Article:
When I was a little guy I was infatuated with firetrucks. That's probably not unusual. Boys like trucks. But kids usually grow out of this kind of thing. I didn't. I'm 32 and a half years old and never stopped thinking firetrucks are awesome. So I bought one.
At a young age, I declared that I'd have my own firetruck someday and I've been trying to buy one ever since. In high school, I found an old firetruck for sale out in the country. At $1,500, it was only $1,480 more than I could afford. Nevertheless, I made several calls to the owner in an effort to negotiate a more reasonable price. It didn't work out. That guy was so mean.
I didn't get my first car until late in college when my grandparents decided that the body damage they'd done to their Subaru station wagon qualified it as the perfect hand-me-down for their oldest grandson. Aside from the fact that the automatic seatbelts made a beeping noise that reminded me of the missile lock warning tone from Top Gun, there really wasn't anything I liked about that car. When the transmission finally went out, I was happy to get rid of it and set my sights back on what I really wanted to be driving.
Finding used firetrucks for sale is surprisingly easy and the cost is surprisingly low. When a firetruck gets to the age that it's no longer efficient to keep in service, their resale value plummets. Who would want one? Do a quick search on eBay and you'll find firetrucks for sale all over the country in all shapes and sizes. Depending on the age and condition, prices will vary from about $1,500 up to $300,000 or so for a new truck. Most of the older engines are in the $1,500 to $3,500 range.
I wanted to buy a truck from an active fire department (as opposed to a private owner) because many older private firetrucks have been neglected and no longer have functioning pumps. What fun would that be? They look cool but don't actually pump water. A fire department has to meticulously maintain their rigs and keep everything working for obvious reasons.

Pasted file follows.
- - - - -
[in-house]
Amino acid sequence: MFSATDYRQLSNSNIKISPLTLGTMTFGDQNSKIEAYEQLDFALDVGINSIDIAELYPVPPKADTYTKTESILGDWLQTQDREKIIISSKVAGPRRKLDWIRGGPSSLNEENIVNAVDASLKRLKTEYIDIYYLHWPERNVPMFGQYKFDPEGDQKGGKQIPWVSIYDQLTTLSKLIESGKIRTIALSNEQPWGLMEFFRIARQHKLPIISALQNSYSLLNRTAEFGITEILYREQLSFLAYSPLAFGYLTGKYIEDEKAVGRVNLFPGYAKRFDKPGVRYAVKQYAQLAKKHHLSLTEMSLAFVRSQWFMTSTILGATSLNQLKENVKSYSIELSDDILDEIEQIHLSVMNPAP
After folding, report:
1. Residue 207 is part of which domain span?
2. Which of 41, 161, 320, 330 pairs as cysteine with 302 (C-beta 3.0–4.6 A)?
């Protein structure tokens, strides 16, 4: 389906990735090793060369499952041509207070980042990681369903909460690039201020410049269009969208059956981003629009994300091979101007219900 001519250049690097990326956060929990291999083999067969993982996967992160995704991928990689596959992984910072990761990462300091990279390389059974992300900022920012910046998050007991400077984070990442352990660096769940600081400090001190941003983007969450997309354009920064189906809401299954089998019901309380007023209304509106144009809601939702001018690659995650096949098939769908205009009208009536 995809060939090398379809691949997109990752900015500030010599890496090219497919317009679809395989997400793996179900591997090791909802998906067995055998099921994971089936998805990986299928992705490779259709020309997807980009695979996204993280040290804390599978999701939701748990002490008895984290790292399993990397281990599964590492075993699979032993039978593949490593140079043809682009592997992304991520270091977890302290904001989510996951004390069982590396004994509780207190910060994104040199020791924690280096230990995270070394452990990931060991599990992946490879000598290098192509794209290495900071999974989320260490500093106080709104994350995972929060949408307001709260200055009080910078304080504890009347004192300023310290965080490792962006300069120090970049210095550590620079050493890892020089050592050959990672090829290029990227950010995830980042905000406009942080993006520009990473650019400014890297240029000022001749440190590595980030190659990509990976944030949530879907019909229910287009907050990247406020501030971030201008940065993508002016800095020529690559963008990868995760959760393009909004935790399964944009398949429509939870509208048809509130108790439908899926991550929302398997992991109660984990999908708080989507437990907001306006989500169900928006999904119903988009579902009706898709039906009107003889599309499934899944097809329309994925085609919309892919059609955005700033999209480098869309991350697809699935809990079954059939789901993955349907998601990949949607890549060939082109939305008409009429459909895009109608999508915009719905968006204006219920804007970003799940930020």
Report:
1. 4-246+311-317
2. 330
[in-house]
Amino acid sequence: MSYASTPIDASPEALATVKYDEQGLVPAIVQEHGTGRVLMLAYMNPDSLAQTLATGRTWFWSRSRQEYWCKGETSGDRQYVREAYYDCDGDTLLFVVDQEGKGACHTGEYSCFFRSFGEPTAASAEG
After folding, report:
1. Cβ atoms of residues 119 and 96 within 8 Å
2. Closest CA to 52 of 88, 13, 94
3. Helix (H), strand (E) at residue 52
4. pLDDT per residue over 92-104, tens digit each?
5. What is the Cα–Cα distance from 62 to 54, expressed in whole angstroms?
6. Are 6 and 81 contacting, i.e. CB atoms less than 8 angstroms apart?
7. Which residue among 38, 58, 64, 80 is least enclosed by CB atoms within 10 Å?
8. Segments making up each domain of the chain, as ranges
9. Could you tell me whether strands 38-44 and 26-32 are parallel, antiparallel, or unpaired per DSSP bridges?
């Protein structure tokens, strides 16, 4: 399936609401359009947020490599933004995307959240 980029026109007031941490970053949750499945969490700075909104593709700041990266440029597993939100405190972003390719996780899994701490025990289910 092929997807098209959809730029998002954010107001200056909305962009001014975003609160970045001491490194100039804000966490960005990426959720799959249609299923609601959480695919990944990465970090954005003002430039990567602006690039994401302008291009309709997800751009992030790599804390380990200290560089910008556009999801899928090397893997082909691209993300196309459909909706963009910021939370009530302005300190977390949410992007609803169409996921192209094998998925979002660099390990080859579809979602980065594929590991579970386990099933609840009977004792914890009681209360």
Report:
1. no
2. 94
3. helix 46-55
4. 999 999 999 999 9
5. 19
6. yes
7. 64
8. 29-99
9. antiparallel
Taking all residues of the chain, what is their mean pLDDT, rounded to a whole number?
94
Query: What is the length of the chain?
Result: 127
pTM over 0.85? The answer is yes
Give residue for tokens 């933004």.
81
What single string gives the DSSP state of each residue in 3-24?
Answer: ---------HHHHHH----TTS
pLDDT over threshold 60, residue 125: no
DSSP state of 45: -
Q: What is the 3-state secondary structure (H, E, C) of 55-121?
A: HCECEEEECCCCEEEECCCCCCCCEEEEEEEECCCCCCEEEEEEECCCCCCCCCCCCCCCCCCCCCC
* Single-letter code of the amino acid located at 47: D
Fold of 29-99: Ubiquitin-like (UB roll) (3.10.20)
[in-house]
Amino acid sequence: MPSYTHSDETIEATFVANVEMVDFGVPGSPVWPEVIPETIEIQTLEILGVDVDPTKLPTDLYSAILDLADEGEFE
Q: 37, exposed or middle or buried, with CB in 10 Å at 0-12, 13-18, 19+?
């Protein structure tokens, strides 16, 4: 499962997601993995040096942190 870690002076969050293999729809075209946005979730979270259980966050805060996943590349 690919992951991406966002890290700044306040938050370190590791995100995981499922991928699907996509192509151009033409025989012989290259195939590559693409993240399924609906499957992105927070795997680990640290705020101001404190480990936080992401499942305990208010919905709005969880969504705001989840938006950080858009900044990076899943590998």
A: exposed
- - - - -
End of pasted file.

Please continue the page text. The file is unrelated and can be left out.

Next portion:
My 1982 Pierce Arrow came from a fire department in Ohio that was retiring it after 31 years of service with only 47,000 miles.
My post-Subaru-college days are a bit more complicated than they used to be. More specifically, I'm married, have a mortgage and we just had our first child in October. So in November when my firetruck appeared on eBay and I brought up the topic of purchasing a large red truck for the millionth time in our relationship, my wife had more important things on her mind. In a moment of weakness, she angrily said "I guess I can't stop you!" making it enthusiastically clear that she wanted me to immediately buy this particular truck and not pass on an epic opportunity to put a check mark next to a lifelong goal.
So here is where normal people would probably have a conversation about issues of practicality. Just because it's possible to do something doesn't necessarily mean it's a good idea. For example, how will I get a 31 year old fire truck from Ohio to Montana? Where will I park it? What will I do with it? What will the neighbors think? Is it even legal to own and drive one of these things? I've never been a good planner and my attitude toward such fun-road-blocks has always been "Who cares! We'll figure it out!"
If we based decisions on practicality, we'd all drive Taurcedes until we had kids, then we'd get minivans and we'd all be miserable. At 65, we'd retire and finally get that entry-level Porsche Boxter that we'd been wanting for the past 40 years. That doesn't sound like a good plan to me.
The coolest toys in the world aren't practical. Koenigsegg certainly aren't. Jet fighters - nope. Army tanks - nope. Did you know that you can buy old aircraft carriers on eBay? Can you imagine wake boarding behind one of those things? "Cool" just isn't practical. I've come to terms with that.
So I went ahead and pulled the eBay trigger and was elated to get truck 1213 for just $100 more than the reserve price. A total of $3,600 which also happened to be the hard limit my wife had imposed on this particular invaluable transaction.